What is Macular Degeneration?
Age Related Macular Degeneration (ARMD) is a disease that affects the retina in the back of your eye. ARMD causes loss of central vision by damaging the macula, which is the center of the retina. There are two types of macular degeneration: dry and wet. The dry type of ARMD is often slowly progressive while the wet type of ARMD can cause vision problems very quickly. The name “wet” refers to leakage of blood and fluid from damaged blood vessels in the eye. Early signs of macular degeneration may not be perceptible to you but late symptoms of macular degeneration can include “wavy” appearing lines, cloudy or distorted central vision, more difficulty seeing in low light or nighttime. A thorough dilated eye exam can help you assess your risk for macular degeneration.
What are the risk factors for developing macular degeneration (ARMD)?
The risk of developing macular degeneration increases with age. There are a few risk factors for developing macular degeneration that are independent of age: family history, smoking, hypertension, and age greater than 50 years. The single most important thing a patient with macular degeneration can do is to stop smoking. Smoking is the most common environmental factor leading to the development and worsening of macular degeneration.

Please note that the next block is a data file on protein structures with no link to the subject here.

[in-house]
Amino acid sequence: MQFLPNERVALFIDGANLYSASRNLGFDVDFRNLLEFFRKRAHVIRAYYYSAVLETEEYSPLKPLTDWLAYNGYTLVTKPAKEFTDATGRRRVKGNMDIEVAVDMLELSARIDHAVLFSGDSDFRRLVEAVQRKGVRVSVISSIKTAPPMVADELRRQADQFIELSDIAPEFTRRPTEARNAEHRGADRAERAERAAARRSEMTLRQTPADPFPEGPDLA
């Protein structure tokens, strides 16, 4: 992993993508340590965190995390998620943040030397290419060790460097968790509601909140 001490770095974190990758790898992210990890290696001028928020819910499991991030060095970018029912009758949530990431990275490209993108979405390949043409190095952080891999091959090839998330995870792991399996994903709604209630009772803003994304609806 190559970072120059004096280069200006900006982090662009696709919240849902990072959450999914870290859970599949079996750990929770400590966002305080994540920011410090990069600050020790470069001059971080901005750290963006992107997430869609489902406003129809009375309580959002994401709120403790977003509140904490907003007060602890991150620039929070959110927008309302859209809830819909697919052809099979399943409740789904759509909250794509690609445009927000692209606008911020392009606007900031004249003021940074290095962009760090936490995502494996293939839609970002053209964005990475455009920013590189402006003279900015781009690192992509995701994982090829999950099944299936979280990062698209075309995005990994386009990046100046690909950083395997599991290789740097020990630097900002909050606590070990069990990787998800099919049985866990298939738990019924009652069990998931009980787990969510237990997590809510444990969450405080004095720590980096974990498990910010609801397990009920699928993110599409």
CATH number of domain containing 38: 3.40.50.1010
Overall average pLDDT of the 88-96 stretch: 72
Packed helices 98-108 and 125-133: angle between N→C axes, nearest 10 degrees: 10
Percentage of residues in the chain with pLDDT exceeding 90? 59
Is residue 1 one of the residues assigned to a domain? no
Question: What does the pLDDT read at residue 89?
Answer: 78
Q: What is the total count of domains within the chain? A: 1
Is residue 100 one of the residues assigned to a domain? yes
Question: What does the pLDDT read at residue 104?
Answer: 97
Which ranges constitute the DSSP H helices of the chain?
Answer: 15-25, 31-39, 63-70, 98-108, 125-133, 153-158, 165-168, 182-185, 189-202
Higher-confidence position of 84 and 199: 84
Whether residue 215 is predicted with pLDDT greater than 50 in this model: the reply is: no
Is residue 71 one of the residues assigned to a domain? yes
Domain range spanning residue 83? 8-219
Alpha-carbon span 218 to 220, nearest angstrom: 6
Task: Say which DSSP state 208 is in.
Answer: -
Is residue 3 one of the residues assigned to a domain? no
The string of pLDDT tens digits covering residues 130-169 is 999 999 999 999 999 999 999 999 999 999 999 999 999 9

I have a family member with macular degeneration, should I be worried about going blind?
While it is true that having a first-degree relative with macular degeneration does increase your chance of developing macular degeneration, it does not guarantee that you will develop macular degeneration. There are certain genes that increase chances of developing macular degeneration. These genes can sometimes be passed down (or inherited) in families. But having an affected family member, or sometimes, even inheriting a macular degeneration gene, does not mean you will develop macular degeneration. If you have family members who have macular degeneration, it is very important to get an annual dilated eye exam to check for macular degeneration. This must be done every year to ensure the best chance of early diagnosis and treatment if you should develop macular degeneration.